The Virginia opossum ( Didelphis virginiana) is the only marsupial native to North America. Opossums are highly adaptable and range throughout Kansas, but are most common in the eastern part of the state where deciduous forest, wooded riparian zones, and water sources are most common. Like some of the other furbearers, the opossum thrives in and around towns and cities, taking advantage of abundant food and shelter inadvertently provided by people.
The opossum is identified by its long snout, typically grayish fur, and long, scaly, prehensile tail. Opossums also have 50 teeth, more than any other Kansas mammal. About cat-sized, they typically weigh six to 13 pounds, with males being somewhat larger than females. As a marsupial, the reproductive process of the opossum is unique among Kansas furbearers. Females have a fur-lined abdominal pouch called a marsupium in which young develop. After a gestation period of less than two weeks, up to 17 tiny, naked, and blind young are born. Developed just enough to survive outside the uterus, only those able to crawl into the marsupium and attach to one of 13 or so nipples may survive. They remain attached to a nipple in the pouch for the next two months, undergoing most of their basic development. An average of seven young make it out of the pouch, and they are fully weaned and on their own by about 100 days of age. Within a short time after the first litter has become independent, another litter is born.
The opossum finds daytime shelter and refuge for extended periods of cold in rock, wood, or junk piles, hollow trees or logs, burrows of other animals, or various other crevices. Densities of eight to 10 opossums per square mile are probably common in Kansas, but phenomenally high densities of 259 per square mile have been recorded in prime waterfowl nesting habitat. The diet of the opossum is extremely diverse, but primarily consists of plant matter including fruits, berries, and grains, and invertebrates including beetles, grasshoppers, crayfish, and snails. Small mammals, birds and their eggs, and all types of carrion are also consumed opportunistically.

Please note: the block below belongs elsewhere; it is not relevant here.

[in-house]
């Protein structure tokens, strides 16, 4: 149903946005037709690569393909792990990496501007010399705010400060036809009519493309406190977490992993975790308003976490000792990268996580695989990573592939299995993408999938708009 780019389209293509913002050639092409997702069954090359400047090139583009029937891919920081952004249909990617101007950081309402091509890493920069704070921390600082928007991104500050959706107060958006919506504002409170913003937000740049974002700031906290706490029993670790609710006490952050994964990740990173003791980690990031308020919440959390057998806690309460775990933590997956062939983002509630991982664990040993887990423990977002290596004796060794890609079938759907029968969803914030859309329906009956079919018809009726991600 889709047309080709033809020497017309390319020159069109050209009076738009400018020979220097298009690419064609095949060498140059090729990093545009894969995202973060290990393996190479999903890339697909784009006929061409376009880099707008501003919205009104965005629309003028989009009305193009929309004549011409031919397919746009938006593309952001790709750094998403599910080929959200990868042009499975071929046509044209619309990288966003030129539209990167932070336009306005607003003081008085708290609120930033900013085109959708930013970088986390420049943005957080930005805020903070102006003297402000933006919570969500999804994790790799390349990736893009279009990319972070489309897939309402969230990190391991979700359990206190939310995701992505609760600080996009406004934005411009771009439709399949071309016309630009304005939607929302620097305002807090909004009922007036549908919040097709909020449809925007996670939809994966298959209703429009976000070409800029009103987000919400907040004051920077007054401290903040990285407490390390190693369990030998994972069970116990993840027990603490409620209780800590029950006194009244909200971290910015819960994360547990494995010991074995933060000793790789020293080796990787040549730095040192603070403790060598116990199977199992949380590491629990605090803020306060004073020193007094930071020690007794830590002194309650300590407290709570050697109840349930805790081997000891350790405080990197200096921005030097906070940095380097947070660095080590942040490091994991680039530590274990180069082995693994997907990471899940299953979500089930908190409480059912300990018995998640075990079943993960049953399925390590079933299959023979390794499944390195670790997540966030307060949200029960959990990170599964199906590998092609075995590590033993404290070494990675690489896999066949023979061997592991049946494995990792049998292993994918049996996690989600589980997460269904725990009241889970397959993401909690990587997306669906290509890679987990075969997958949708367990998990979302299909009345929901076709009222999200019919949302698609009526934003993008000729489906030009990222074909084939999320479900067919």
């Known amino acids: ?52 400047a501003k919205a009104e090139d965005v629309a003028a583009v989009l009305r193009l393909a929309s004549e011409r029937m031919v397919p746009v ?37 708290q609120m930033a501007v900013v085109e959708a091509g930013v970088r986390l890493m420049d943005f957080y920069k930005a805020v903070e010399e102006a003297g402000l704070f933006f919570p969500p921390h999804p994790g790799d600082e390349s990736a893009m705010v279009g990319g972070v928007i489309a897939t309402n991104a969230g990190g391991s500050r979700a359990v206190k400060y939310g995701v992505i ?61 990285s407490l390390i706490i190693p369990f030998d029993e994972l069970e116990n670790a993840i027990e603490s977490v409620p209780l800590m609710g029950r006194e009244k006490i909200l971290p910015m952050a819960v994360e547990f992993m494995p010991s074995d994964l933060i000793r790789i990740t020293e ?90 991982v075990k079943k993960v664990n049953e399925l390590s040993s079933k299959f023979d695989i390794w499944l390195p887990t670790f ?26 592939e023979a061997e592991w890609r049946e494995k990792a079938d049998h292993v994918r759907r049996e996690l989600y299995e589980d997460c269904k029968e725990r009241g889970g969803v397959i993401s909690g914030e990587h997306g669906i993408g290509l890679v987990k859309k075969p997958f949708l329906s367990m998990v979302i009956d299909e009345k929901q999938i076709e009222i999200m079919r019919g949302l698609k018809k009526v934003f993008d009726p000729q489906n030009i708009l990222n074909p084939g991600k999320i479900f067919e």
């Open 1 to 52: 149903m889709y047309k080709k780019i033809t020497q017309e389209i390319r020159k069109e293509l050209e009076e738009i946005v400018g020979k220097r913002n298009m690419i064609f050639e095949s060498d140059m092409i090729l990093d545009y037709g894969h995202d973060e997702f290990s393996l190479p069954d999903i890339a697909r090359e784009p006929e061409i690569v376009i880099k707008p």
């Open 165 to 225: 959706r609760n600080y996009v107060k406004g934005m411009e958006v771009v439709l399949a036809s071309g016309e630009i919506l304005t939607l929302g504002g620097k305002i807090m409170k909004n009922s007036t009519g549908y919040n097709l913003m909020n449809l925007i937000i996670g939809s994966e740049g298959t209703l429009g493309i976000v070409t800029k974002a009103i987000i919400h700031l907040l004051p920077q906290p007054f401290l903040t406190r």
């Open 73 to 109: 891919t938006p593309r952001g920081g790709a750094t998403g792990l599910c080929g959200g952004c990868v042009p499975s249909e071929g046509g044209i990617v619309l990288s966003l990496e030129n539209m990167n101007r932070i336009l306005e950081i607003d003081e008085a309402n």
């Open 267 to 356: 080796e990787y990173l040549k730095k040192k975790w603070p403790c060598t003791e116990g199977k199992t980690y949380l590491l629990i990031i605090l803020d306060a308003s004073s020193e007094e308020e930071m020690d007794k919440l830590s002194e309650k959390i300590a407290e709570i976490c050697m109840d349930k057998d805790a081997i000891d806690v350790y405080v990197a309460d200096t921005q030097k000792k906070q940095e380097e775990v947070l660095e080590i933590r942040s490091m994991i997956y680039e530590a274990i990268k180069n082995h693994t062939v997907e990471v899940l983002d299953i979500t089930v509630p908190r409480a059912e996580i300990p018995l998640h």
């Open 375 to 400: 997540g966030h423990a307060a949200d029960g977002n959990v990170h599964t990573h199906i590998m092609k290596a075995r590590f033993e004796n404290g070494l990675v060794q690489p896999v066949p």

Though highly prolific, opossums experience extremely high mortality and rapid turnover rates within the population. In fact, few survive past one year, and virtually none past two. Populations are drastically reduced by periods or drought or extreme cold, and are very susceptible to human-induced mortality, especially roadkill. The opossum is a good swimmer and climber, but lacks in speed and intelligence. A common predator evasion technique is “playing dead,” which is effective only on those predators that choose not to kill. The great horned owl is the opossum’s primary predator, though coyotes, bobcats, and other carnivores will sometimes kill them. Opossums are resistant to rabies, but may be severely impacted by a variety of parasites.
The opossum is a significant furbearer in Kansas in terms of the number harvested, usually ranking third behind raccoons and coyotes. However, individual pelt value is very low, so that most are caught either in damage control situations or incidental to the pursuit of other species. Most opossums are trapped, but some are also taken by houndsmen. Over the past five seasons, annual harvest has averaged almost 27,000.